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Ana Egge
01. Cocaine cowboys
02. What could be
03. Oh my my
04. Ballad of the poor child
05. Hurt a little
06. Teacake and Janey
07. James
08. Rise above
09. Stay the night
10. Chasing rabbits in the sun

What's most immediately striking about Ana Egge's latest, 'Is It the Kiss', is its rich sonic coherence. Ana's at the center, but the term singer/songwriter doesn't cover it. This is much more than words and tunes - the whole is informed by her deeply-rooted musical intelligence. It's only because she defies category that she usually winds up in the folk bin, but from the beginning she's been inspired by the raunchy warmth and laid-back intensity of singers such as Etta James and Ann Peebles, while emulating the strangely sturdy crystalline quality, real and true, of Dolly Parton. As a guitarist, early on, Ana dug into the picking patterns and driving right hand of Big Bill Broonzy, Mississippi John Hurt, and Elizabeth Cotten, while also absorbing the swinging, behind-the-beat phrasing of Django Reinhardt. The country side of things is well-represented on the album by pedal steel (Matt Davidson) and fiddle (Alex Hargreaves) and by the songs "Cocaine Cowboys" and her affecting duet with Iris Dement on a cover of Diana Jones' "Ballad of the Poor Child." But, actually, this is something of a soul record. The tracks are grounded by the Brooklyn indie-all-star rhythm section of Jacob Silver and Robin MacMillan, the slow grooves are sweetened by horns like molasses (Cole Kamen-Green and Adam Dotson), and at the center of it all is Ana's guitar, that sounds like it knows something about how Steve Cropper and Curtis Mayfield could delicately, but determinedly, provide a sweetly-beating funky heart. Plus there are alt-guitar flashes by Buck Meek (Big Thief) and the whole is pulled together by arranger/producer/instrumentalist Alec Spiegelman (Cuddle Magic).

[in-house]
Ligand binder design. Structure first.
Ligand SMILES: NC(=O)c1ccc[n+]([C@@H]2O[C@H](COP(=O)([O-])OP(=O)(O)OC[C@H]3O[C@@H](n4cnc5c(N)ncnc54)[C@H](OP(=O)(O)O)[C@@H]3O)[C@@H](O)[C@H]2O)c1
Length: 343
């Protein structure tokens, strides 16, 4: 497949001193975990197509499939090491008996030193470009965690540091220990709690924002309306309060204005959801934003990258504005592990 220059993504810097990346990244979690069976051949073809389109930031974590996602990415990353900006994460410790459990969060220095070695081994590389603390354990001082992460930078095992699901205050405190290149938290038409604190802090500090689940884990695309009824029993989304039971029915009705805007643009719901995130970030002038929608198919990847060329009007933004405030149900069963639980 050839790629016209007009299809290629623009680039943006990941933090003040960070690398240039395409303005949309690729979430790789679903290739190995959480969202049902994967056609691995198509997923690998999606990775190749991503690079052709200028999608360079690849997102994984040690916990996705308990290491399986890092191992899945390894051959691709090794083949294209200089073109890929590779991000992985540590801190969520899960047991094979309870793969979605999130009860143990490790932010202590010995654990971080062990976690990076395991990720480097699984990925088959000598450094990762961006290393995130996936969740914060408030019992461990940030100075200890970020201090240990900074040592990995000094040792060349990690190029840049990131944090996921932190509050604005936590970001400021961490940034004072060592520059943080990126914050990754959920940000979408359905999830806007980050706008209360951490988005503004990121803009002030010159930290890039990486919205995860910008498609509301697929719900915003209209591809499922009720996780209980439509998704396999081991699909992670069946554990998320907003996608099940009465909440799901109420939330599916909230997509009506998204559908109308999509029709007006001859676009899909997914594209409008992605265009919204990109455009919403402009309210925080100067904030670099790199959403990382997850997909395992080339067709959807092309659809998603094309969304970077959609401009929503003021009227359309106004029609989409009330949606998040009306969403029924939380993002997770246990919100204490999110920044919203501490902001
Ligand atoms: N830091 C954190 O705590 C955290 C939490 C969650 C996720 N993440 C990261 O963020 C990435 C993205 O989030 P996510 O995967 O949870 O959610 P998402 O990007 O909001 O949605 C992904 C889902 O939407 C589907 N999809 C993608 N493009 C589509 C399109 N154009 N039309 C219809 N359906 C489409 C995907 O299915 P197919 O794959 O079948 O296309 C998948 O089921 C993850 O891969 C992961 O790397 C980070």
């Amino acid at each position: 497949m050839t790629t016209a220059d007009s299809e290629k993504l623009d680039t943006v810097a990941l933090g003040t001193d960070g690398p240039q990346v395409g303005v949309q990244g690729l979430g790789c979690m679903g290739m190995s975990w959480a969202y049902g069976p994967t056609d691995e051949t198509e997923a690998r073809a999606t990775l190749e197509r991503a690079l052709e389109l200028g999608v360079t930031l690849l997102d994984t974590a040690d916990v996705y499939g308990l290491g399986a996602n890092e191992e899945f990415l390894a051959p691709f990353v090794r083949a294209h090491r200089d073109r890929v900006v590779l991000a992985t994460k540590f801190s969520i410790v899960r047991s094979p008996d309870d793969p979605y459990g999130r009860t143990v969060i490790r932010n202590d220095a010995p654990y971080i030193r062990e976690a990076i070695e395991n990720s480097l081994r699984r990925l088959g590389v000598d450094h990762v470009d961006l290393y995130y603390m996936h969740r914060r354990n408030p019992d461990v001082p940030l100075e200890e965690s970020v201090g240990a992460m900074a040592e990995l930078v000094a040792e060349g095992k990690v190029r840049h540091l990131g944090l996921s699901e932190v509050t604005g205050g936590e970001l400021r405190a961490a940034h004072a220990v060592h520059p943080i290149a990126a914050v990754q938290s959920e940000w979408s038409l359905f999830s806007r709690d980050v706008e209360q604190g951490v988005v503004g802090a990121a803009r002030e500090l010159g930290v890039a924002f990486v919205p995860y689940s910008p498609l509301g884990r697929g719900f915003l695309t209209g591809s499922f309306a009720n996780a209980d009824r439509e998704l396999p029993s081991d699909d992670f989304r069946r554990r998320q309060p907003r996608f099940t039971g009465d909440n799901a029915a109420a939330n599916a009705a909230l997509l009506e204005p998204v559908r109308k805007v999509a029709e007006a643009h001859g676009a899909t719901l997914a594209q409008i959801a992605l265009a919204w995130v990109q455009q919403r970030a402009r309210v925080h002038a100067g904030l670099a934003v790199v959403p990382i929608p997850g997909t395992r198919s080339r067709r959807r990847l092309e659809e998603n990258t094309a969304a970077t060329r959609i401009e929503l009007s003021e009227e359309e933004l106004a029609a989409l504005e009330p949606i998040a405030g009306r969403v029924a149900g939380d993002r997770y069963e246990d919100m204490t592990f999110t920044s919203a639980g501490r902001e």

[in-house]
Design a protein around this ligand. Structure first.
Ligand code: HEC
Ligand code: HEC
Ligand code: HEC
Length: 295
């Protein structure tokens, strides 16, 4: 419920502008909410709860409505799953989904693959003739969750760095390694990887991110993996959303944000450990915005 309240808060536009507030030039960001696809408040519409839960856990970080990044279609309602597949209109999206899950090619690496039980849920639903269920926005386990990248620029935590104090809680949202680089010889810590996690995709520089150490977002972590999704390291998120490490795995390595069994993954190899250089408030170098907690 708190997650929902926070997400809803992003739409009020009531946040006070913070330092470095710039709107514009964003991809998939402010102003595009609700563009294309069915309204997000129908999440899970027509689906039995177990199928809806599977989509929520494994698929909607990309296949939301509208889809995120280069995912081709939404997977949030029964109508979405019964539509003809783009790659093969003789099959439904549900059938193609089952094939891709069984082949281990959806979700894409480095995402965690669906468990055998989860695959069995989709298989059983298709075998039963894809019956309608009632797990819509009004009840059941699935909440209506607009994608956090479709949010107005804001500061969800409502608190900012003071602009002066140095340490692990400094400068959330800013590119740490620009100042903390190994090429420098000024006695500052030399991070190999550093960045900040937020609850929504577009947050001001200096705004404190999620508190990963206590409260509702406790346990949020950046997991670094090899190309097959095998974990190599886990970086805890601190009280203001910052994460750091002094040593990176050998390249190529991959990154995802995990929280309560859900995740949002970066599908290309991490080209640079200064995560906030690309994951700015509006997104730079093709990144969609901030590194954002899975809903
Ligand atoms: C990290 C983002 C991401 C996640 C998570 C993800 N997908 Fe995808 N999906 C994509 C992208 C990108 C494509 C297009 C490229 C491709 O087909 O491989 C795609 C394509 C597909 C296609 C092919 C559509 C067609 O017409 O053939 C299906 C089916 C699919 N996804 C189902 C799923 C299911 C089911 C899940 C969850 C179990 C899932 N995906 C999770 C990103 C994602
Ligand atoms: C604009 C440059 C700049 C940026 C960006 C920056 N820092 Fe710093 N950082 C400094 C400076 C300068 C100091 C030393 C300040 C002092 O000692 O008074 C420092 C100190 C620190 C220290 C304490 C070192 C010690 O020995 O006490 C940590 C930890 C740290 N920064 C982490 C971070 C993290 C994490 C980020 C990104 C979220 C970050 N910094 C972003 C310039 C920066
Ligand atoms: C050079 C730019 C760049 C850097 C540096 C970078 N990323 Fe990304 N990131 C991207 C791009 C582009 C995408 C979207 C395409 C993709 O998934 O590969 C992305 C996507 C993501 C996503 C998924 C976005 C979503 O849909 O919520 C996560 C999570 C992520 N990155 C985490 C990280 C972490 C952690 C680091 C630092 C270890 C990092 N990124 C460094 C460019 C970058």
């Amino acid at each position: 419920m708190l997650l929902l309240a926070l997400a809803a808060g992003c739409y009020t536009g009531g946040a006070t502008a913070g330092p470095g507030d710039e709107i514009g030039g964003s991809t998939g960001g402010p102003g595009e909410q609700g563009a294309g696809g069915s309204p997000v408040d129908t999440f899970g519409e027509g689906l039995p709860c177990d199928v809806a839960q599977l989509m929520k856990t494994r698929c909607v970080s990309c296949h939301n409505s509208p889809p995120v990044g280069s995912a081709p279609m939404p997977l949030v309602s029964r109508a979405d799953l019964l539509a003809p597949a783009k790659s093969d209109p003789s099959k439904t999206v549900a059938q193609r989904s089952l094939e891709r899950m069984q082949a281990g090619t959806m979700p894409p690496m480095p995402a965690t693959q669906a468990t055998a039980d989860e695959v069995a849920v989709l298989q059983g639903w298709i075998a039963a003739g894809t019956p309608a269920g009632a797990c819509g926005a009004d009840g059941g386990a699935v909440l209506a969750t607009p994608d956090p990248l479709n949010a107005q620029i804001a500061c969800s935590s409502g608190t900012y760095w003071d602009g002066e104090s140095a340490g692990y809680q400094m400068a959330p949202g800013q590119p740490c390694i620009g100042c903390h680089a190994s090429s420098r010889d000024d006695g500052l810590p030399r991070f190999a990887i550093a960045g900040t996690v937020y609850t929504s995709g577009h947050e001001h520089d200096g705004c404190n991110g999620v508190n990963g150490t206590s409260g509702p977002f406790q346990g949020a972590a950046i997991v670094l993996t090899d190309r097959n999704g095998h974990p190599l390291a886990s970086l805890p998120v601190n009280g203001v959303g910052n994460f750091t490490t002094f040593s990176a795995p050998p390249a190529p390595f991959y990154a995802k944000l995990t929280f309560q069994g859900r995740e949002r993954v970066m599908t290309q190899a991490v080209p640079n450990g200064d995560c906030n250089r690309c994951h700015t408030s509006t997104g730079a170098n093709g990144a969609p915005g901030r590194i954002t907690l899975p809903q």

Ana Egge - Is It The Kiss

Ana Egge

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Ana Egge - Is It The Kiss 

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